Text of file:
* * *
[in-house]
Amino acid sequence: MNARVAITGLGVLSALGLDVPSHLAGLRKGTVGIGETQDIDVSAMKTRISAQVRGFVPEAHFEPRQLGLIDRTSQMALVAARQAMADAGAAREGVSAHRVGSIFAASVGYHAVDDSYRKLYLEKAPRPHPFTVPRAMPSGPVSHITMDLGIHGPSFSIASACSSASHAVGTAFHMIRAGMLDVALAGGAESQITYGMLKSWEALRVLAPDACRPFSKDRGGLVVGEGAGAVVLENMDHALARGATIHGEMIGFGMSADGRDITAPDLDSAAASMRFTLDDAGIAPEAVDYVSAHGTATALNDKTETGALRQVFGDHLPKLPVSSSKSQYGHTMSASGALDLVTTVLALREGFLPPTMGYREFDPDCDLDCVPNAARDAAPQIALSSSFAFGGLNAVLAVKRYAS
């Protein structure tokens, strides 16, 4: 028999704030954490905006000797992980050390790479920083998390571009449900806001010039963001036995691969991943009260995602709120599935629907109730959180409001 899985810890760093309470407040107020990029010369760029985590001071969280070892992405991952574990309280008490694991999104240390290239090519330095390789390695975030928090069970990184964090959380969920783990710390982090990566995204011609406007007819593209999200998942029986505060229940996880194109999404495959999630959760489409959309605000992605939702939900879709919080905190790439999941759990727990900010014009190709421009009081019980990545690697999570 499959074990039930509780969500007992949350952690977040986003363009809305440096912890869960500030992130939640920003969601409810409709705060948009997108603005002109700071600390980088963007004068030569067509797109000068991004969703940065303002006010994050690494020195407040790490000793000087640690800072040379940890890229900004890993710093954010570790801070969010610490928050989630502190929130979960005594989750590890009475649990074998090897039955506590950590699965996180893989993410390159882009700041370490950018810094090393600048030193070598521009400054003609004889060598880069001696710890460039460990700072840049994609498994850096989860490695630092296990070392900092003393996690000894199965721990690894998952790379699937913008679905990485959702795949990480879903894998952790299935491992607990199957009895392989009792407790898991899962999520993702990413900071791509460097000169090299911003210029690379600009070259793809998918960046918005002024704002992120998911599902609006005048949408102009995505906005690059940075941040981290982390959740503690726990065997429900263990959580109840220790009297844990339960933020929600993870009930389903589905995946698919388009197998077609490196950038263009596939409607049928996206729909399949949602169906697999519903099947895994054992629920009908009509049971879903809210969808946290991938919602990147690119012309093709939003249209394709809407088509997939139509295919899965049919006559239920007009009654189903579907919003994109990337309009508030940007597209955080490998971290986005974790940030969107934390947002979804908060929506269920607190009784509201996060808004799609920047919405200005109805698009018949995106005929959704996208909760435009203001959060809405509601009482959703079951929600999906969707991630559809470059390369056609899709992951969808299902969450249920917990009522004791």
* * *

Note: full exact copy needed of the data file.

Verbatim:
[in-house]
Amino acid sequence: MNARVAITGLGVLSALGLDVPSHLAGLRKGTVGIGETQDIDVSAMKTRISAQVRGFVPEAHFEPRQLGLIDRTSQMALVAARQAMADAGAAREGVSAHRVGSIFAASVGYHAVDDSYRKLYLEKAPRPHPFTVPRAMPSGPVSHITMDLGIHGPSFSIASACSSASHAVGTAFHMIRAGMLDVALAGGAESQITYGMLKSWEALRVLAPDACRPFSKDRGGLVVGEGAGAVVLENMDHALARGATIHGEMIGFGMSADGRDITAPDLDSAAASMRFTLDDAGIAPEAVDYVSAHGTATALNDKTETGALRQVFGDHLPKLPVSSSKSQYGHTMSASGALDLVTTVLALREGFLPPTMGYREFDPDCDLDCVPNAARDAAPQIALSSSFAFGGLNAVLAVKRYAS
């Protein structure tokens, strides 16, 4: 028999704030954490905006000797992980050390790479920083998390571009449900806001010039963001036995691969991943009260995602709120599935629907109730959180409001 899985810890760093309470407040107020990029010369760029985590001071969280070892992405991952574990309280008490694991999104240390290239090519330095390789390695975030928090069970990184964090959380969920783990710390982090990566995204011609406007007819593209999200998942029986505060229940996880194109999404495959999630959760489409959309605000992605939702939900879709919080905190790439999941759990727990900010014009190709421009009081019980990545690697999570 499959074990039930509780969500007992949350952690977040986003363009809305440096912890869960500030992130939640920003969601409810409709705060948009997108603005002109700071600390980088963007004068030569067509797109000068991004969703940065303002006010994050690494020195407040790490000793000087640690800072040379940890890229900004890993710093954010570790801070969010610490928050989630502190929130979960005594989750590890009475649990074998090897039955506590950590699965996180893989993410390159882009700041370490950018810094090393600048030193070598521009400054003609004889060598880069001696710890460039460990700072840049994609498994850096989860490695630092296990070392900092003393996690000894199965721990690894998952790379699937913008679905990485959702795949990480879903894998952790299935491992607990199957009895392989009792407790898991899962999520993702990413900071791509460097000169090299911003210029690379600009070259793809998918960046918005002024704002992120998911599902609006005048949408102009995505906005690059940075941040981290982390959740503690726990065997429900263990959580109840220790009297844990339960933020929600993870009930389903589905995946698919388009197998077609490196950038263009596939409607049928996206729909399949949602169906697999519903099947895994054992629920009908009509049971879903809210969808946290991938919602990147690119012309093709939003249209394709809407088509997939139509295919899965049919006559239920007009009654189903579907919003994109990337309009508030940007597209955080490998971290986005974790940030969107934390947002979804908060929506269920607190009784509201996060808004799609920047919405200005109805698009018949995106005929959704996208909760435009203001959060809405509601009482959703079951929600999906969707991630559809470059390369056609899709992951969808299902969450249920917990009522004791």